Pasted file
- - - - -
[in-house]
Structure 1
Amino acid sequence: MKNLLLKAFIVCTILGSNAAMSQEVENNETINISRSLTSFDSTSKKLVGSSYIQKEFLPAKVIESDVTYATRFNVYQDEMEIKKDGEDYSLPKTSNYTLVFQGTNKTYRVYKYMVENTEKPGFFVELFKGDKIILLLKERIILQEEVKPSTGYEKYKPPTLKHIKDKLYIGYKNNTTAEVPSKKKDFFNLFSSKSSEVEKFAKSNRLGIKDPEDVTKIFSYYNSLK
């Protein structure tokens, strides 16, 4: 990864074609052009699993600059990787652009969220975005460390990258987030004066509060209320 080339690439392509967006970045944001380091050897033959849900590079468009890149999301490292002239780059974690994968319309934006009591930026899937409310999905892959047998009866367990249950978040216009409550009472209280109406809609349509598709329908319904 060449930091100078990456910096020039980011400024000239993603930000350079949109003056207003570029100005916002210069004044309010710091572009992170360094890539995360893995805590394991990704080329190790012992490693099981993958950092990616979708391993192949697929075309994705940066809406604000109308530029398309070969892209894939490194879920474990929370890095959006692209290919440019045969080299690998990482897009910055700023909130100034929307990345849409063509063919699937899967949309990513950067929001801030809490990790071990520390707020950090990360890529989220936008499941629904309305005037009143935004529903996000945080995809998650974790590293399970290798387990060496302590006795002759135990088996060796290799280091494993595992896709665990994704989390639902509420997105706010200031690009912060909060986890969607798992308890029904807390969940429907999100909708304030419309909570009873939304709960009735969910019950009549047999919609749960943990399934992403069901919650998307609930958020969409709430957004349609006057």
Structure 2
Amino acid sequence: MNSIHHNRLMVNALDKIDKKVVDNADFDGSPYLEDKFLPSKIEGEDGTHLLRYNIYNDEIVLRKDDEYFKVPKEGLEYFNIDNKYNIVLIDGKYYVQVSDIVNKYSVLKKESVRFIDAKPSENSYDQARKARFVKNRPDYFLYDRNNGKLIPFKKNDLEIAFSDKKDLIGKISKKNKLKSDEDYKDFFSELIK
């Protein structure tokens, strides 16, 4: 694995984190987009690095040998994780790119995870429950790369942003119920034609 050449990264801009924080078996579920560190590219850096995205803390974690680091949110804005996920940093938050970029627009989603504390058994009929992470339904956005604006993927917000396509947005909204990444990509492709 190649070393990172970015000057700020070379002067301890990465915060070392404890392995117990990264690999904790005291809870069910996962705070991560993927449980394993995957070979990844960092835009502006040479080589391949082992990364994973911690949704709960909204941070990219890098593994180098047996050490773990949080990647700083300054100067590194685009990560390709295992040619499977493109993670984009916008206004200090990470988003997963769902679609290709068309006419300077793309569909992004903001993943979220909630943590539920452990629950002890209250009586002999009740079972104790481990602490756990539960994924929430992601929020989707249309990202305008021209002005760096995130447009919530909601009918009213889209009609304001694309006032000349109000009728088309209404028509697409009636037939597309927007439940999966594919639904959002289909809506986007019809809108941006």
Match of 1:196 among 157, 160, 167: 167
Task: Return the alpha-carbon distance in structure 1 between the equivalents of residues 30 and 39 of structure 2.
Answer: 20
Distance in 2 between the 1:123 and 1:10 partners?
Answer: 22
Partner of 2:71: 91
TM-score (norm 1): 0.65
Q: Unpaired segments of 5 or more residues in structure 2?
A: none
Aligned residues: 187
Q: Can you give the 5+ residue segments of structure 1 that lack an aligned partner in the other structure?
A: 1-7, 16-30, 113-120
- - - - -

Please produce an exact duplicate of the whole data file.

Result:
[in-house]
Structure 1
Amino acid sequence: MKNLLLKAFIVCTILGSNAAMSQEVENNETINISRSLTSFDSTSKKLVGSSYIQKEFLPAKVIESDVTYATRFNVYQDEMEIKKDGEDYSLPKTSNYTLVFQGTNKTYRVYKYMVENTEKPGFFVELFKGDKIILLLKERIILQEEVKPSTGYEKYKPPTLKHIKDKLYIGYKNNTTAEVPSKKKDFFNLFSSKSSEVEKFAKSNRLGIKDPEDVTKIFSYYNSLK
């Protein structure tokens, strides 16, 4: 990864074609052009699993600059990787652009969220975005460390990258987030004066509060209320 080339690439392509967006970045944001380091050897033959849900590079468009890149999301490292002239780059974690994968319309934006009591930026899937409310999905892959047998009866367990249950978040216009409550009472209280109406809609349509598709329908319904 060449930091100078990456910096020039980011400024000239993603930000350079949109003056207003570029100005916002210069004044309010710091572009992170360094890539995360893995805590394991990704080329190790012992490693099981993958950092990616979708391993192949697929075309994705940066809406604000109308530029398309070969892209894939490194879920474990929370890095959006692209290919440019045969080299690998990482897009910055700023909130100034929307990345849409063509063919699937899967949309990513950067929001801030809490990790071990520390707020950090990360890529989220936008499941629904309305005037009143935004529903996000945080995809998650974790590293399970290798387990060496302590006795002759135990088996060796290799280091494993595992896709665990994704989390639902509420997105706010200031690009912060909060986890969607798992308890029904807390969940429907999100909708304030419309909570009873939304709960009735969910019950009549047999919609749960943990399934992403069901919650998307609930958020969409709430957004349609006057």
Structure 2
Amino acid sequence: MNSIHHNRLMVNALDKIDKKVVDNADFDGSPYLEDKFLPSKIEGEDGTHLLRYNIYNDEIVLRKDDEYFKVPKEGLEYFNIDNKYNIVLIDGKYYVQVSDIVNKYSVLKKESVRFIDAKPSENSYDQARKARFVKNRPDYFLYDRNNGKLIPFKKNDLEIAFSDKKDLIGKISKKNKLKSDEDYKDFFSELIK
């Protein structure tokens, strides 16, 4: 694995984190987009690095040998994780790119995870429950790369942003119920034609 050449990264801009924080078996579920560190590219850096995205803390974690680091949110804005996920940093938050970029627009989603504390058994009929992470339904956005604006993927917000396509947005909204990444990509492709 190649070393990172970015000057700020070379002067301890990465915060070392404890392995117990990264690999904790005291809870069910996962705070991560993927449980394993995957070979990844960092835009502006040479080589391949082992990364994973911690949704709960909204941070990219890098593994180098047996050490773990949080990647700083300054100067590194685009990560390709295992040619499977493109993670984009916008206004200090990470988003997963769902679609290709068309006419300077793309569909992004903001993943979220909630943590539920452990629950002890209250009586002999009740079972104790481990602490756990539960994924929430992601929020989707249309990202305008021209002005760096995130447009919530909601009918009213889209009609304001694309006032000349109000009728088309209404028509697409009636037939597309927007439940999966594919639904959002289909809506986007019809809108941006």
Match of 1:196 among 157, 160, 167: 167
Task: Return the alpha-carbon distance in structure 1 between the equivalents of residues 30 and 39 of structure 2.
Answer: 20
Distance in 2 between the 1:123 and 1:10 partners?
Answer: 22
Partner of 2:71: 91
TM-score (norm 1): 0.65
Q: Unpaired segments of 5 or more residues in structure 2?
A: none
Aligned residues: 187
Q: Can you give the 5+ residue segments of structure 1 that lack an aligned partner in the other structure?
A: 1-7, 16-30, 113-120